It can be a shame when beautiful works of art are not accompanied by gorgeous picture frames. When you combine them properly, the end result of this union can be truly breath-taking when placed in the right position in your home. A well thought out frame can be a great addition to any living space, which, in turn, enhances the overall look of any interior design. However, when chosen wrongly, a poor picture frame can distract the viewer from the artwork and from time to time, it can look unprofessional and out of place.
Whilst it is important to consider the decor of your room while figuring out what picture frame to use, don't forget the importance of how the frame should enhance the key components in the picture whilst providing that finishing touch. Although it is an easy mistake to make, try not to match the frame with the room decor at the expense of a frame that complements the picture... believe us, it's a bad idea.
So, what are the methods that we use when constructing a picture frame? Have a look at the interesting points below so you can make more of an informed choice:
Put simply, the reason why we use mounts is to separate the frame from the picture. This helps to provide extra protection to the picture and also prevents condensation and dust from building up. Mounting also prevents the frame from rubbing against the piece of art, if you allow this to happen, you can expect the image to deteriorate over time.
There are several different mounts that you can find nowadays and each one provides a different level of protection. Wet mounts and dry mounts are commonly used to prevent the image from cockling or bubbling at the surface. These mounts are commonly used when framing photographs or posters. One thing to bear in mind, however, is that both dry mounting and wet mounting are irreversible processes and you should try to avoid this method if you are looking to frame pieces that are valuable as this can significantly lower the price if you were ever looking to sell the artwork.
Museum mounting (also called hinging) is the highest form of protection. The art is attached to the board with Japanese paper hinges and hangs freely. The reason why most museums select this method of mounting is because it allows the art piece to contract and expand with the change in humidity. Along with the general gap between the art and the frame, hinging also consists of lignin-free cotton fibre and has a non-acid surface which makes it perfect for preserving pieces of art that are of high value.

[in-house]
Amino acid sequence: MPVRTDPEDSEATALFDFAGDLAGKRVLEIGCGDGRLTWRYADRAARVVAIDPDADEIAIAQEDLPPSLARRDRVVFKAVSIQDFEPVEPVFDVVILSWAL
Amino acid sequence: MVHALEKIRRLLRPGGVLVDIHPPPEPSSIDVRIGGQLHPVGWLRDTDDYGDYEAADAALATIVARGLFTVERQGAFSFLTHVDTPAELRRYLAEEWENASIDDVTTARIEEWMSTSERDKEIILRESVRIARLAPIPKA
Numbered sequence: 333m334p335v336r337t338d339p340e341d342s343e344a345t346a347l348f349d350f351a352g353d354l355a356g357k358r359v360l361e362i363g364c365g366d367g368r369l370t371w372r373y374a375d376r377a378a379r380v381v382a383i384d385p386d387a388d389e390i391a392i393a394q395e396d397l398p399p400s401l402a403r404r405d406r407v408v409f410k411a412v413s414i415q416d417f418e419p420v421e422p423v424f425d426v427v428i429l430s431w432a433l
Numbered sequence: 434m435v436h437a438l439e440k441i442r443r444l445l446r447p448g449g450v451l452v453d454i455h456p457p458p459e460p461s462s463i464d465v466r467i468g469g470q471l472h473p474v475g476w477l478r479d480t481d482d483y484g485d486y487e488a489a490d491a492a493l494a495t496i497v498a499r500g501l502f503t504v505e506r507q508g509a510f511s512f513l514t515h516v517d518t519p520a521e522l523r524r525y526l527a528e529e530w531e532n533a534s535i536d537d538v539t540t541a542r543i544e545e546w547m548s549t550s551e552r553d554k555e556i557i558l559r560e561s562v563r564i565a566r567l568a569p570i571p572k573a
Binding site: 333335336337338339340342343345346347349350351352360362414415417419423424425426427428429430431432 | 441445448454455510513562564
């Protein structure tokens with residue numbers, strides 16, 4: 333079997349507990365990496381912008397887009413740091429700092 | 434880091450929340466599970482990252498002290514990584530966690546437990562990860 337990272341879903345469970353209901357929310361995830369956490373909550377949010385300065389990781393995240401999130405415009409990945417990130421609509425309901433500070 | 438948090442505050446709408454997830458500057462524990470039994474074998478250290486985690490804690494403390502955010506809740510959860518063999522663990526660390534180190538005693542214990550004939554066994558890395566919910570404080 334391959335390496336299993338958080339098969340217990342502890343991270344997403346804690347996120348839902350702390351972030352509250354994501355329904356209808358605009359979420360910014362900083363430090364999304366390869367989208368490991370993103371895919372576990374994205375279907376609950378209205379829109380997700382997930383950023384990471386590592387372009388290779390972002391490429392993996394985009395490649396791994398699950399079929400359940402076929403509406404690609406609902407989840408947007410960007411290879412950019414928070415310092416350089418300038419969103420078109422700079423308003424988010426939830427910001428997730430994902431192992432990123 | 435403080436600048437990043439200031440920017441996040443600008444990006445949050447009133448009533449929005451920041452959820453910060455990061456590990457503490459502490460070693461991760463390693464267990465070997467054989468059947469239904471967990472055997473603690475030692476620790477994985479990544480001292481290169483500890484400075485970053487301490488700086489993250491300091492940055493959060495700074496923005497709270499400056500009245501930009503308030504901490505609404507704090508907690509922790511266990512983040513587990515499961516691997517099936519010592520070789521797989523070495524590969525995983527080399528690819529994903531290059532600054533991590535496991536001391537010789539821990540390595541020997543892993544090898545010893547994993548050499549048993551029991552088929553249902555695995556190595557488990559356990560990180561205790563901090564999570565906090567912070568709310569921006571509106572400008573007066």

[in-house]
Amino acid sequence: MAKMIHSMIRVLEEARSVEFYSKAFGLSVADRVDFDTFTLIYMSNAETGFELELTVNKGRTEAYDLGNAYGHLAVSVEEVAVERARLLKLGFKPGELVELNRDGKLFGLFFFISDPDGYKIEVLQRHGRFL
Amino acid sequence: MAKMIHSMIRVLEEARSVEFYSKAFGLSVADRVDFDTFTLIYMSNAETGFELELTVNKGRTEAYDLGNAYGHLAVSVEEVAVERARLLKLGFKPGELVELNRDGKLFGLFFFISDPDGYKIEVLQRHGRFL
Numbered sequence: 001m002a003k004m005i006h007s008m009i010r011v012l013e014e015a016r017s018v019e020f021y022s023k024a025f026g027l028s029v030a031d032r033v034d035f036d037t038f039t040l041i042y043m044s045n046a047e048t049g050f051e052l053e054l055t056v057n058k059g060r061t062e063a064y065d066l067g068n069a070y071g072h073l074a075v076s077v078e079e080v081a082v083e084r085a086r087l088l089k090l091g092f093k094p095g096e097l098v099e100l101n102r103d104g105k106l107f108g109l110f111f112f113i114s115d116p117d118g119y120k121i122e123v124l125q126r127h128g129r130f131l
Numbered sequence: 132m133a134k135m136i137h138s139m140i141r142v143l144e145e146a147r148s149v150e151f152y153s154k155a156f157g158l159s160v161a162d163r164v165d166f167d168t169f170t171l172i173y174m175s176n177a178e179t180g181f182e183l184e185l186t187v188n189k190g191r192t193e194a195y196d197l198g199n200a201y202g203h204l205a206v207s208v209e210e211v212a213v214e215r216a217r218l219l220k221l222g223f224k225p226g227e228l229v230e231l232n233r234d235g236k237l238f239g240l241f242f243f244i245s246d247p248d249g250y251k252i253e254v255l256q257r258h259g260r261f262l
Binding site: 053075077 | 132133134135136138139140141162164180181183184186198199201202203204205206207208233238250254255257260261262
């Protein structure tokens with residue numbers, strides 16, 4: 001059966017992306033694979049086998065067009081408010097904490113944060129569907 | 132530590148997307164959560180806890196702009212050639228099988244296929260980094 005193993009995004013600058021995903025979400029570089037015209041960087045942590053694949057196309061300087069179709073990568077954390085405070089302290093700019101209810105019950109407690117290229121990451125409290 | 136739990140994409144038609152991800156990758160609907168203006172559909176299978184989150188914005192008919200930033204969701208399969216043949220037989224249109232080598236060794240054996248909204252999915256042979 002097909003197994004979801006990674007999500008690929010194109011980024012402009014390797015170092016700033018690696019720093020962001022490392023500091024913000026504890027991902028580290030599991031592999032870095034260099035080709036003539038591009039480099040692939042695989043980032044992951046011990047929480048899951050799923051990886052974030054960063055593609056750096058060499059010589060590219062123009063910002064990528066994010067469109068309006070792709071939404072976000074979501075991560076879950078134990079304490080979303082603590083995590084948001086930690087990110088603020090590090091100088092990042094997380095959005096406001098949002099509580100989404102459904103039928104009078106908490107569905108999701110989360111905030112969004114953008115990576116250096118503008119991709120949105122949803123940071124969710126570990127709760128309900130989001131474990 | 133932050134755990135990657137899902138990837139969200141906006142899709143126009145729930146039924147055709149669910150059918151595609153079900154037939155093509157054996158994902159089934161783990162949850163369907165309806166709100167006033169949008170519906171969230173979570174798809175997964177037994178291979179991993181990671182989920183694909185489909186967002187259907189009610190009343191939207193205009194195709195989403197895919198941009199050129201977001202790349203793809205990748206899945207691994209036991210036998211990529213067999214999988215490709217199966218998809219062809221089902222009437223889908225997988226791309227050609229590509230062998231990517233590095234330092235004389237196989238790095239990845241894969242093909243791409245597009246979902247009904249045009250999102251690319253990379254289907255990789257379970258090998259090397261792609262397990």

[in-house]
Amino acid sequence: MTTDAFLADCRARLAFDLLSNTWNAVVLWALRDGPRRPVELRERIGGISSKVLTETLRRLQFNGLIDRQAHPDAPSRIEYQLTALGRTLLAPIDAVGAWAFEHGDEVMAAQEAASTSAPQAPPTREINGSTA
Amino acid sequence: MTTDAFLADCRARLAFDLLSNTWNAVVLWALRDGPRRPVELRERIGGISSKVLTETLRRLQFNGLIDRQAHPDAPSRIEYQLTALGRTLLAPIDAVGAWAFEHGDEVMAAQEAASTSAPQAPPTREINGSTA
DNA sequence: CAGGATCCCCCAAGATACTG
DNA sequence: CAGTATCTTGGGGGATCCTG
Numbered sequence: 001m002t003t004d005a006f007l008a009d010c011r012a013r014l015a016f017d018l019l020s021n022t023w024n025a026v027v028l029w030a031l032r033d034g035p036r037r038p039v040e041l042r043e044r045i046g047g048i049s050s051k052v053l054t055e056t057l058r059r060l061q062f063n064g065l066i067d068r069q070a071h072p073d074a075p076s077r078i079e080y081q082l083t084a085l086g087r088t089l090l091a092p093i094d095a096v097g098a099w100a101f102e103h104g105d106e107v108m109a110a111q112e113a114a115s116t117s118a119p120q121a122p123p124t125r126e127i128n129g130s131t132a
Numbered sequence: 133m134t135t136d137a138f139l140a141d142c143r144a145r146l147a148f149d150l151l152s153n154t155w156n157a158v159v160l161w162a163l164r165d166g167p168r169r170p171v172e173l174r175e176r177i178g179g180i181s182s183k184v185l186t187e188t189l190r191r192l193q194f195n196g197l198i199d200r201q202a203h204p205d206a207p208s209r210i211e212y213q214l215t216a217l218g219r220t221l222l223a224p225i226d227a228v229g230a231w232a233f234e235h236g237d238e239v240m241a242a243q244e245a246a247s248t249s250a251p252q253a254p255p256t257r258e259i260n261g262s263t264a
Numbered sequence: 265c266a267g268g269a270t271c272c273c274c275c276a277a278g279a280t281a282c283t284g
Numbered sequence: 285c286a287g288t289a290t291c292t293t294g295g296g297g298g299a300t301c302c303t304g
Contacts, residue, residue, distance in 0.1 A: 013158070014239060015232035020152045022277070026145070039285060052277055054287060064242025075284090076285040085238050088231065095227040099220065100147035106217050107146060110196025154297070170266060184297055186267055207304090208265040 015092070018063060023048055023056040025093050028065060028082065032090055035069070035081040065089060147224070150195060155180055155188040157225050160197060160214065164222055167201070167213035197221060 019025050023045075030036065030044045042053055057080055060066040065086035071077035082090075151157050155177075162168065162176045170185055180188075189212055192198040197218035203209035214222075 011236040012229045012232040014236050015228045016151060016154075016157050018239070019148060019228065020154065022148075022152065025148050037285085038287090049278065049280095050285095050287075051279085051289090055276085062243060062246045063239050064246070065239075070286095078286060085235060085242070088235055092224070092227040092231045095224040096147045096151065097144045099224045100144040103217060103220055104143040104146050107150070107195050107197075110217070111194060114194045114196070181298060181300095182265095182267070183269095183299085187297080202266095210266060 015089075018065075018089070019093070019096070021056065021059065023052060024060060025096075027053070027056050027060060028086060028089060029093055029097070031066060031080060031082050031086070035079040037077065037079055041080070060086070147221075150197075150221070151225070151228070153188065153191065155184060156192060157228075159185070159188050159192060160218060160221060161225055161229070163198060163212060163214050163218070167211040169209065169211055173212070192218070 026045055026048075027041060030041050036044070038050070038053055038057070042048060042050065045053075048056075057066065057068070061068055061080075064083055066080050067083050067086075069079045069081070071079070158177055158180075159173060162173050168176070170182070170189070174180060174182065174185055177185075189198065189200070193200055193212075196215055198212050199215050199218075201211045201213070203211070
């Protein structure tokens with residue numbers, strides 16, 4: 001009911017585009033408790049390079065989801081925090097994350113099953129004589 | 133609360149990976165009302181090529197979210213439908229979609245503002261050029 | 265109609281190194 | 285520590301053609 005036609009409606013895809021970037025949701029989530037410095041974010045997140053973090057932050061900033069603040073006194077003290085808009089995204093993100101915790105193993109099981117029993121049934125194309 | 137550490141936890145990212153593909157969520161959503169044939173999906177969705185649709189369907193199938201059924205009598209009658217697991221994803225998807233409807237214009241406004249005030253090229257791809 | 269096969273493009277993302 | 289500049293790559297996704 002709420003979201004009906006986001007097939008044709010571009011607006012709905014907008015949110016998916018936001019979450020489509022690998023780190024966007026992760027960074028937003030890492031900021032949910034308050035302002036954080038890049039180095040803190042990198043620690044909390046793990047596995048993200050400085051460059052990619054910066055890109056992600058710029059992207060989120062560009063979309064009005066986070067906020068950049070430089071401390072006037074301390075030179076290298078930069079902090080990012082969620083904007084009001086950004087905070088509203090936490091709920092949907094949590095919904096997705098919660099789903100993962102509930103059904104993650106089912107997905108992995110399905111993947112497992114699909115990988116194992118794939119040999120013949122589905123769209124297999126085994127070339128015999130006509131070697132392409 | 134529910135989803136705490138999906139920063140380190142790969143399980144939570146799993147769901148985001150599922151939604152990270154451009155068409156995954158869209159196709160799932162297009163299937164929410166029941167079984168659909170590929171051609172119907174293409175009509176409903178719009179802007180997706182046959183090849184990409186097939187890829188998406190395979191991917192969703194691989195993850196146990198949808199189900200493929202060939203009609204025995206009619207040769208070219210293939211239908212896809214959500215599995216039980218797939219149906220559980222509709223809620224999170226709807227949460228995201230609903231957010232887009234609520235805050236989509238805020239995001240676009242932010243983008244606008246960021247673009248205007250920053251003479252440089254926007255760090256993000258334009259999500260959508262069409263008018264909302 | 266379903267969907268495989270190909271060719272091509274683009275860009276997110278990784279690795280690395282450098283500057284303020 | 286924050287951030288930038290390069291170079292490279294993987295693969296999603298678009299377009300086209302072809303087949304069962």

Well thought out window openings, fabric mats or fillets can be a fantastic way to significantly enhance and give a whole different perspective to your chosen art piece. Try to determine what will suit your picture because framing aspects like this can help to make your picture stand out to your friends and family who will be viewing it in your home.
Choosing a frame that compliments the picture is important because it not only helps protect the image but also enhances the presentation and gives the piece a finishing look. Along with this, it isn't just the frame that comes in a variety of different finishes and styles, but also you have a choice between the various glazes, stains and finishes.
Mounting quite simply is the material that is placed around a picture within the frame. You can use any selection of colours and generally manufactured from a paper based material. The purpose of this mounting is to visually enchance the artwork whilst also providing a barrier which protects the artwork from any condensation that can get in between the artwork and the glazing. You'll often find that it increases the overall size of the finished piece which enables the artwork to make more of an impact within its surroundings.
The acrylic material or glass that covers and protects the front of the artwork is often referred to as glazing. There is a huge choice to choose such as regular clear glass, non-glare (acid etched), conservation glass (filters UV light) and anti-reflective (chemically coated). You can even use acrylic-based products that are UV filtered and non-glare. While acrylic weighs less and is often considered as safer, a non-abrasive cleaner and a soft cloth is the best method for cleaning. Glass is not available to order online for delivery via courier due to the increased risk of breakage.
You'll want to frame whatever you buy. Any good framers will be able to show you a vast range of different solutions and advise on what might be the most suitable given the work and its proposed location.
You can contact EasyFrame on 01234 856 501 and / or sales@EasyFrame.co.uk and they'll always chat even if you don't want to buy!
Article Posted: 08/04/2020 07:47:15